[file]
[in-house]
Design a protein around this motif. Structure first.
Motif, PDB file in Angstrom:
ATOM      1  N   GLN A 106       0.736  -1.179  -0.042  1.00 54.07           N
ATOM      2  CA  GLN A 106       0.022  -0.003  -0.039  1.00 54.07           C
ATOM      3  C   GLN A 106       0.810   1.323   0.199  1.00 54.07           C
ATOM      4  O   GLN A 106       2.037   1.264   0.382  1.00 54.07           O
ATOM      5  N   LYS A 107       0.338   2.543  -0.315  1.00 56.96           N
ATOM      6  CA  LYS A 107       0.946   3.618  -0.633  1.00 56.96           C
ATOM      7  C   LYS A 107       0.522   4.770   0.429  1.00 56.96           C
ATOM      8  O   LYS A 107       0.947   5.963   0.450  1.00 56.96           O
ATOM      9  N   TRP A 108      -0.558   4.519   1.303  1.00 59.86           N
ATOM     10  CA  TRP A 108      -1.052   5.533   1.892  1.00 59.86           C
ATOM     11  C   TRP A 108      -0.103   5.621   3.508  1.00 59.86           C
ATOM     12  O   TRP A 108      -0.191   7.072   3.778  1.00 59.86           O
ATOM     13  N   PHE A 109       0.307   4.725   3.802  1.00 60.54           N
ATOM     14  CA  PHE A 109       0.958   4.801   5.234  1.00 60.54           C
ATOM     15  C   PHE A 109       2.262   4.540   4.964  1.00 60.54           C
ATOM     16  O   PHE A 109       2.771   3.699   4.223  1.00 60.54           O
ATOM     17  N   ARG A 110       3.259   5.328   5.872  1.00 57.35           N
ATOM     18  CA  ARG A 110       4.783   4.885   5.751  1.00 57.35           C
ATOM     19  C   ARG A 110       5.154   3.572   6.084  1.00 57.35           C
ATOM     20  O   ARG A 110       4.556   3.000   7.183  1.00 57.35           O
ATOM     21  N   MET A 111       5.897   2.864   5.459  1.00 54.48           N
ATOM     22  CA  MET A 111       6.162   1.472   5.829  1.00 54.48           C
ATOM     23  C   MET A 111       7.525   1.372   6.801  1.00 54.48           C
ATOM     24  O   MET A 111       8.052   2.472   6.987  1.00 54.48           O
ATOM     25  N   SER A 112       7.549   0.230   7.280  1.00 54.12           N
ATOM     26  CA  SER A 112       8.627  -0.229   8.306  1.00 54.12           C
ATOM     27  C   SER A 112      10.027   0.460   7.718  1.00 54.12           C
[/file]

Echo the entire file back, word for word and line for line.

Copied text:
[in-house]
Design a protein around this motif. Structure first.
Motif, PDB file in Angstrom:
ATOM      1  N   GLN A 106       0.736  -1.179  -0.042  1.00 54.07           N
ATOM      2  CA  GLN A 106       0.022  -0.003  -0.039  1.00 54.07           C
ATOM      3  C   GLN A 106       0.810   1.323   0.199  1.00 54.07           C
ATOM      4  O   GLN A 106       2.037   1.264   0.382  1.00 54.07           O
ATOM      5  N   LYS A 107       0.338   2.543  -0.315  1.00 56.96           N
ATOM      6  CA  LYS A 107       0.946   3.618  -0.633  1.00 56.96           C
ATOM      7  C   LYS A 107       0.522   4.770   0.429  1.00 56.96           C
ATOM      8  O   LYS A 107       0.947   5.963   0.450  1.00 56.96           O
ATOM      9  N   TRP A 108      -0.558   4.519   1.303  1.00 59.86           N
ATOM     10  CA  TRP A 108      -1.052   5.533   1.892  1.00 59.86           C
ATOM     11  C   TRP A 108      -0.103   5.621   3.508  1.00 59.86           C
ATOM     12  O   TRP A 108      -0.191   7.072   3.778  1.00 59.86           O
ATOM     13  N   PHE A 109       0.307   4.725   3.802  1.00 60.54           N
ATOM     14  CA  PHE A 109       0.958   4.801   5.234  1.00 60.54           C
ATOM     15  C   PHE A 109       2.262   4.540   4.964  1.00 60.54           C
ATOM     16  O   PHE A 109       2.771   3.699   4.223  1.00 60.54           O
ATOM     17  N   ARG A 110       3.259   5.328   5.872  1.00 57.35           N
ATOM     18  CA  ARG A 110       4.783   4.885   5.751  1.00 57.35           C
ATOM     19  C   ARG A 110       5.154   3.572   6.084  1.00 57.35           C
ATOM     20  O   ARG A 110       4.556   3.000   7.183  1.00 57.35           O
ATOM     21  N   MET A 111       5.897   2.864   5.459  1.00 54.48           N
ATOM     22  CA  MET A 111       6.162   1.472   5.829  1.00 54.48           C
ATOM     23  C   MET A 111       7.525   1.372   6.801  1.00 54.48           C
ATOM     24  O   MET A 111       8.052   2.472   6.987  1.00 54.48           O
ATOM     25  N   SER A 112       7.549   0.230   7.280  1.00 54.12           N
ATOM     26  CA  SER A 112       8.627  -0.229   8.306  1.00 54.12           C
ATOM     27  C   SER A 112      10.027   0.460   7.718  1.00 54.12           C